They are not forecasts and do not attempt to allow for future changes in cancer detection methods, changes in cancer risk factors or for non-demographic factors (such as major government policy changes and economic differences) that may affect future cancer incidence rates. Each cancer registry provides data to the AIHW annually, encompassing all cancer cases notified to the registry between 1982 and the most recent completed year of data. The estimates for males and females may not add to the estimates for persons due to rounding. This was followed by a decline until the late 1990s when it began to increase again, reaching a rate of 603 per 100,000 in 2008. The rate for females has been strongly influenced by the trend in the incidence rate of breast cancer. Therefore, the peak in the early 1990s reflects the large pool of undiagnosed cases that were identified using the PSA test (and subsequent biopsy and confirmation by a specialist). After this, the rates were fairly stable, ranging from 110 to 118 to 100,000, with the 2009 rate at 114 per 100,000. This may be related to differences in behaviour that increases the risk of bowel cancer and the differing effect of obesity in males and females (Center et al.
For females, the incidence rate increased by 18%, from 34 per 100,000 to 40 per 100,000 over the same period. Cigarette smoking in women peaked later than in men, which may explain why the lung cancer incidence rate for females is still rising (AIHW & CA 2011).
The most recent GLOBOCAN estimates are for 2008, and are based on cancer incidence rates from about 3 to 5 years earlier.
The estimated age-standardised incidence rate for Australia was 314 per 100,000 (online Table D2.7).
Countries or regions are ordered in descending order according to the age-standardised rate. This improvement in survival rates is due to significant advances in diagnosis as well as treatment of these diseases.
The information provided in this chapter includes both actual and estimated incidence data. The incidence rate declined in 2009 and is estimated to fluctuate between 2010 and 2012 (Figure 2.4).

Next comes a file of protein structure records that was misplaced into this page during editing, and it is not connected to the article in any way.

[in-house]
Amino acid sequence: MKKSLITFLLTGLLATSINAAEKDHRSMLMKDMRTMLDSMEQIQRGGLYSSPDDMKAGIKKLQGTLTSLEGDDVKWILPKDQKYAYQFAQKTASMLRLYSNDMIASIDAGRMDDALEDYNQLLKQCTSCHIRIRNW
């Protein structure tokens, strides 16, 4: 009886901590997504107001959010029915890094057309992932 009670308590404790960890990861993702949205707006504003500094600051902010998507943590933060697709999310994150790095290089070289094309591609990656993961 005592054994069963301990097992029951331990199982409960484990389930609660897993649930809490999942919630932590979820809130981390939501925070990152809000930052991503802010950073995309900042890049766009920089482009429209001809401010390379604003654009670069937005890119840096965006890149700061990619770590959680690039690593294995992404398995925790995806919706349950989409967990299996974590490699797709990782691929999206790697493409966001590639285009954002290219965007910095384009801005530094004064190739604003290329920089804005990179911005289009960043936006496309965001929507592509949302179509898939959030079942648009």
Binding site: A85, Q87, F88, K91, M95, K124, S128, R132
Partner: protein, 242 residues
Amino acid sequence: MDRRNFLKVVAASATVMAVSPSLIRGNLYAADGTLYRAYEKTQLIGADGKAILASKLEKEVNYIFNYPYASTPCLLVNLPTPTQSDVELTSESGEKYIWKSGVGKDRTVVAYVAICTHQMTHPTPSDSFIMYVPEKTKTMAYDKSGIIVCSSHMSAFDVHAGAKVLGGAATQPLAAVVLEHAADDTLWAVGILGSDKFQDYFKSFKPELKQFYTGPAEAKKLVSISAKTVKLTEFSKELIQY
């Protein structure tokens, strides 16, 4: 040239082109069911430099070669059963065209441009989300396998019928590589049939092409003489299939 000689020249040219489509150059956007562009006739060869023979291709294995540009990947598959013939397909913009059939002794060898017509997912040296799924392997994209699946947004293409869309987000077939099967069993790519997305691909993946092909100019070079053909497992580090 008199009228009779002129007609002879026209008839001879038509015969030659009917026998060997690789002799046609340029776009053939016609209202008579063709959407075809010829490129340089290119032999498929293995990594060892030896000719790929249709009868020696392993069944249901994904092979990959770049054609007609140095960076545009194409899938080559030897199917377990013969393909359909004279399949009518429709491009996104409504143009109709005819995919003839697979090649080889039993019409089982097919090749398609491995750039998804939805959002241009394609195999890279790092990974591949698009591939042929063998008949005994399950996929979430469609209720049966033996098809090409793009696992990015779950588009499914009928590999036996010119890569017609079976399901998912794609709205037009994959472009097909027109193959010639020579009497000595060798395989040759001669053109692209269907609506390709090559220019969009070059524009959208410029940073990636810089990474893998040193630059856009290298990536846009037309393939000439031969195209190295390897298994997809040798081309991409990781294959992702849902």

As prostate cancer can be diagnosed in men without symptoms, some of these cancers may have remained undiagnosed until symptoms emerged, or never diagnosed because of mortality from another condition (AIHW & AACR 2010). The GLOBOCAN data for all cancers combined pertain to cancers coded in ICD-10 as C00-C97, excluding C44 (that is, non-melanoma skin cancer), and thus encompass a narrower range of cancers than is generally considered in this report (see Appendix I). While this rate was generally at the same level as that estimated for people in New Zealand (309 per 100,000), it was significantly higher than the rates estimated for all other regions in the world. Compared to adult cancers, children neoplasms tend to have different histologies and occur in different sites of the body. Actual incidence data cover the period 1991-2009—except for New South Wales and the Australian Capital Territory; for these jurisdictions, data were available to 2008 and estimated for 2009 (see Appendix F). The trend in the rate for males is strongly influenced by changes in the incidence rate of prostate cancer—the most common cancer in males. The second rise in incidence numbers in more recent years is probably a result of changes in diagnostic procedures, including lowering the investigation threshold, which may have led to more men being sent for biopsy and increasing the number of core biopsies taken (Smith et al. Common adult cancers such as lung, breast, colon, and stomach are extremely rare among children.
Incidence data for 2010-2012 were estimated based on 2000-2009 national cancer incidence data. In 2008, Australia had the world's highest age-standardised incidence rate of melanoma of the skin (37 per 100,000), which was more than 12 times the average world rate (3 per 100,000). On the other hand some types of cancer are almost exclusively found in children, especially embryonal tumours that arise from cells associated with the foetus, embryo and developing body. Appendix G provides detailed information on the methodology for estimating 2010-2012 incidence data. Australia also had the highest incidence rate of prostate cancer (105 per 100,000) and the fourth highest rate of breast cancer in females (85 per 100,000) in 2008 (Ferlay et al.